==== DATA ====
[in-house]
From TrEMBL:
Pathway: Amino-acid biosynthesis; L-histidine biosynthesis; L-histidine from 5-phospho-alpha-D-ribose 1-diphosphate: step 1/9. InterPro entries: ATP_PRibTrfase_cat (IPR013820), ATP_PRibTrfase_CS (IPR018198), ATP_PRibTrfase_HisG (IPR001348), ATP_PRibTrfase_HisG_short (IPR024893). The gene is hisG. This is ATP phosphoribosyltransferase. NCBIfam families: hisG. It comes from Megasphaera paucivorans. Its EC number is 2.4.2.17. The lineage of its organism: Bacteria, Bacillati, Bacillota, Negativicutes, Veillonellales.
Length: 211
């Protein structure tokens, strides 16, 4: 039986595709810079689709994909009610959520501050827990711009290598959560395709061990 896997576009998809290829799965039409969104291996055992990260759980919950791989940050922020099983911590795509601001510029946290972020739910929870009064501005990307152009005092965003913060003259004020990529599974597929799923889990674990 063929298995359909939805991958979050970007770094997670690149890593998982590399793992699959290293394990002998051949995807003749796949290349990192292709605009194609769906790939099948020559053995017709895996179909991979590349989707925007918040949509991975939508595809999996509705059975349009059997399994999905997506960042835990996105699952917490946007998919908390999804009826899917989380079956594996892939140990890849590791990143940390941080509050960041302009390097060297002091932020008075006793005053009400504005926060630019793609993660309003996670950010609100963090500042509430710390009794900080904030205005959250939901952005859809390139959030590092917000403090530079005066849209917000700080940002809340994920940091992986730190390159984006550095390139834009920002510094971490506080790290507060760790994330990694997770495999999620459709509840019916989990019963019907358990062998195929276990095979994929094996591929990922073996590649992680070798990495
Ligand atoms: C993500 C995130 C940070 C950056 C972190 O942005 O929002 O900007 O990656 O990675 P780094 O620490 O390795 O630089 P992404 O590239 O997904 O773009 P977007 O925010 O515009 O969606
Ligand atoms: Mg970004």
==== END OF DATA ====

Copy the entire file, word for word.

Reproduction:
[in-house]
From TrEMBL:
Pathway: Amino-acid biosynthesis; L-histidine biosynthesis; L-histidine from 5-phospho-alpha-D-ribose 1-diphosphate: step 1/9. InterPro entries: ATP_PRibTrfase_cat (IPR013820), ATP_PRibTrfase_CS (IPR018198), ATP_PRibTrfase_HisG (IPR001348), ATP_PRibTrfase_HisG_short (IPR024893). The gene is hisG. This is ATP phosphoribosyltransferase. NCBIfam families: hisG. It comes from Megasphaera paucivorans. Its EC number is 2.4.2.17. The lineage of its organism: Bacteria, Bacillati, Bacillota, Negativicutes, Veillonellales.
Length: 211
């Protein structure tokens, strides 16, 4: 039986595709810079689709994909009610959520501050827990711009290598959560395709061990 896997576009998809290829799965039409969104291996055992990260759980919950791989940050922020099983911590795509601001510029946290972020739910929870009064501005990307152009005092965003913060003259004020990529599974597929799923889990674990 063929298995359909939805991958979050970007770094997670690149890593998982590399793992699959290293394990002998051949995807003749796949290349990192292709605009194609769906790939099948020559053995017709895996179909991979590349989707925007918040949509991975939508595809999996509705059975349009059997399994999905997506960042835990996105699952917490946007998919908390999804009826899917989380079956594996892939140990890849590791990143940390941080509050960041302009390097060297002091932020008075006793005053009400504005926060630019793609993660309003996670950010609100963090500042509430710390009794900080904030205005959250939901952005859809390139959030590092917000403090530079005066849209917000700080940002809340994920940091992986730190390159984006550095390139834009920002510094971490506080790290507060760790994330990694997770495999999620459709509840019916989990019963019907358990062998195929276990095979994929094996591929990922073996590649992680070798990495
Ligand atoms: C993500 C995130 C940070 C950056 C972190 O942005 O929002 O900007 O990656 O990675 P780094 O620490 O390795 O630089 P992404 O590239 O997904 O773009 P977007 O925010 O515009 O969606
Ligand atoms: Mg970004």